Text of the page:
Feeling stuck? It’s not too late to try something new.
Is it too late to change careers?
Short answer: It depends.
If you’re thinking of a job that requires considerable youth and stamina (ballerina, baseball player), then yes, the ship has probably sailed on that one. But many careers are open to the — ahem — “mature” worker. In fact, a few years of experience under your belt may lend you advantages that fresh-faced new grads can only dream of.
For one thing, you have more and better connections. Having spent more years on the planet means you know more people and more people know you. This “social capital” is there for you to leverage when entering new fields. Don’t forget that connections include not just business colleagues, but friends, neighbors, family, friends of friends, friends of neighbors and so on.
What’s more, you likely know more about yourself and your abilities than you did when you were 24. You’ve probably failed at a few things. You know what you’re good at and what you enjoy doing. You understand your strengths and weaknesses and your capacity to learn. All this gives you confidence and grit.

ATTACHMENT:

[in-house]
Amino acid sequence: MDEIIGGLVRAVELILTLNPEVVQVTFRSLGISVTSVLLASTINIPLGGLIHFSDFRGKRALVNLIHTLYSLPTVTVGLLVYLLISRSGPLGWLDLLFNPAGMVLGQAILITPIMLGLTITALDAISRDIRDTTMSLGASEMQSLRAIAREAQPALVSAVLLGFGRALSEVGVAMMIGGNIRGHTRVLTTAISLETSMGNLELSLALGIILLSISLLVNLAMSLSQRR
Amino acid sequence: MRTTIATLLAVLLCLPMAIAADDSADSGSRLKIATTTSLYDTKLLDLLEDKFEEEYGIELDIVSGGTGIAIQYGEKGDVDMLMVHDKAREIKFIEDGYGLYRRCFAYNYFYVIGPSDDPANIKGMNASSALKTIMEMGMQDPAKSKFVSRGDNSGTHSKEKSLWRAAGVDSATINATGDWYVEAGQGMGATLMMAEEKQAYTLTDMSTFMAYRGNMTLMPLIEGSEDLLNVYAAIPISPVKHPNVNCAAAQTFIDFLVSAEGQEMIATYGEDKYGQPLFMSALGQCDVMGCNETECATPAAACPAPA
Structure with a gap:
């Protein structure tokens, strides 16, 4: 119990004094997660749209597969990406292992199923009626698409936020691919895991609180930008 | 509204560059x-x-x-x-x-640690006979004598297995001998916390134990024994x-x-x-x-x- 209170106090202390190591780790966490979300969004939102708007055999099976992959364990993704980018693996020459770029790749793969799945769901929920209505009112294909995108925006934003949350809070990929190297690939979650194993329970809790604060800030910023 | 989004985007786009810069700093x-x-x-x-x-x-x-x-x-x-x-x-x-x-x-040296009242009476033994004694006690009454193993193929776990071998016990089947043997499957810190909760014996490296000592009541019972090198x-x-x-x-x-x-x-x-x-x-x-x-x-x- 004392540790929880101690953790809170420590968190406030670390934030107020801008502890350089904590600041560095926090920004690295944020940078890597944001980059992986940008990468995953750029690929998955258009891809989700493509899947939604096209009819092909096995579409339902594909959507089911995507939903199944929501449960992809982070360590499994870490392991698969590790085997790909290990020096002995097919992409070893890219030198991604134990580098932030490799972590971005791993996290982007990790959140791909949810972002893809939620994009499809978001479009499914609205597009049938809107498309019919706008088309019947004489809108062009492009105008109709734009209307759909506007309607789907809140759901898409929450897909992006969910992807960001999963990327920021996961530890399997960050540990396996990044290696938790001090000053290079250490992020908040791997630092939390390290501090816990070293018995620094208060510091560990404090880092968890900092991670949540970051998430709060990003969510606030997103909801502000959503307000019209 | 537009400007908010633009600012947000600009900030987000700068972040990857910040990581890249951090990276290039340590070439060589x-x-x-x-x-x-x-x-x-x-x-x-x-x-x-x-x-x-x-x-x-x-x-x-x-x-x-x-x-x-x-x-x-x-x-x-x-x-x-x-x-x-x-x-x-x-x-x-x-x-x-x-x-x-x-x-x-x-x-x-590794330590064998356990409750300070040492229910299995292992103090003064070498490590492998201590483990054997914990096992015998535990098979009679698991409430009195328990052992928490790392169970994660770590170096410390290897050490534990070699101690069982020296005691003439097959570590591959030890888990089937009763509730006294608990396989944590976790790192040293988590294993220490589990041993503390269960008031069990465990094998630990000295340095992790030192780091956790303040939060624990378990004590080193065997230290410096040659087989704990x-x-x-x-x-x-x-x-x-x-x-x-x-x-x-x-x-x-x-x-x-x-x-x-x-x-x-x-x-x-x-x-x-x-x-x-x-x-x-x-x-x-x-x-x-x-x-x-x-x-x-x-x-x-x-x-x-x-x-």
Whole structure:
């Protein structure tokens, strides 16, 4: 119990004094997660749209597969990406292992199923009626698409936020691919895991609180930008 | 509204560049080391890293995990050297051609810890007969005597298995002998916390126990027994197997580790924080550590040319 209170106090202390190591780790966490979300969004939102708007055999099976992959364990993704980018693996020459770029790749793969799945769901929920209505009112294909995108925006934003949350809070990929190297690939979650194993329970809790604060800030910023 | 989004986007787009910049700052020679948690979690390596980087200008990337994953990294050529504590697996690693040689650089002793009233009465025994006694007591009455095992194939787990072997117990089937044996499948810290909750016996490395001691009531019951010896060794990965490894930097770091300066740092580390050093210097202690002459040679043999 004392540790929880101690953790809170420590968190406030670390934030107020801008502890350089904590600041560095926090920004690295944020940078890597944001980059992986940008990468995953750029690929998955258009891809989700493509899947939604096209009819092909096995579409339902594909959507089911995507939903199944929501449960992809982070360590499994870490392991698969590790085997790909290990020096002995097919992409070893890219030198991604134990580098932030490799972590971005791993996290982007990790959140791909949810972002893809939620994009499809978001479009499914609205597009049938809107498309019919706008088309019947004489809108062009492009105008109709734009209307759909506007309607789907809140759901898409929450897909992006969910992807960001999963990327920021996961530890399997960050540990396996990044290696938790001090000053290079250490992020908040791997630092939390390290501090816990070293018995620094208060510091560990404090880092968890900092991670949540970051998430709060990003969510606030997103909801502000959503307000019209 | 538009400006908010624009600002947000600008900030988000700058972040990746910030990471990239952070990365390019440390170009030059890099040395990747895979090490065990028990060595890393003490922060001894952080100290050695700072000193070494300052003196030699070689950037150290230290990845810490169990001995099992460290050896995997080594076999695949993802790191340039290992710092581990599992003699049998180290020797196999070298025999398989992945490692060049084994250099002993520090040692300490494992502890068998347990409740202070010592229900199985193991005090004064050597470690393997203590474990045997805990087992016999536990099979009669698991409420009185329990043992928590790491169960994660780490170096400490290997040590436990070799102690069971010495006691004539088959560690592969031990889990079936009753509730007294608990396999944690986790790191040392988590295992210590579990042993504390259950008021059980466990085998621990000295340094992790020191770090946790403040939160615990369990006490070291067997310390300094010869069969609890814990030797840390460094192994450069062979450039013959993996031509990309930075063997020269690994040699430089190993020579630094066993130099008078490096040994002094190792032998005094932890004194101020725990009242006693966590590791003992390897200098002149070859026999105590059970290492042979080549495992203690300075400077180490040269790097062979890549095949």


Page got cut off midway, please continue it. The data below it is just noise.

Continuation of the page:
Finally, a lot of your skills are transferable. Really. You’ll need to put some work into identifying which ones — talking with people doing the job you’d like to have is a very good start — but you will likely find that there’s some overlap. To be sure, organizing tasks, managing your time, problem-solving and communicating effectively are abilities necessary to every field.
So don’t spend another moment wondering “what if?” You might need to take a temporary pay cut (start building your savings now). You may at times find it humbling to return to an entry-level position. More education or training could be in order, and that takes money and time. But a career spans decades of your life. You want to make the most of it and use the years you do have as wisely as you can. Act now to do the research, make a plan and set a deadline.
P.S.: You might first consider looking for new roles you can play at your existing employer, thus “changing careers” without even needing to change employers. Lots of companies allow, and even encourage, this kind of internal growth. Businesses are much more flexible than they used to be.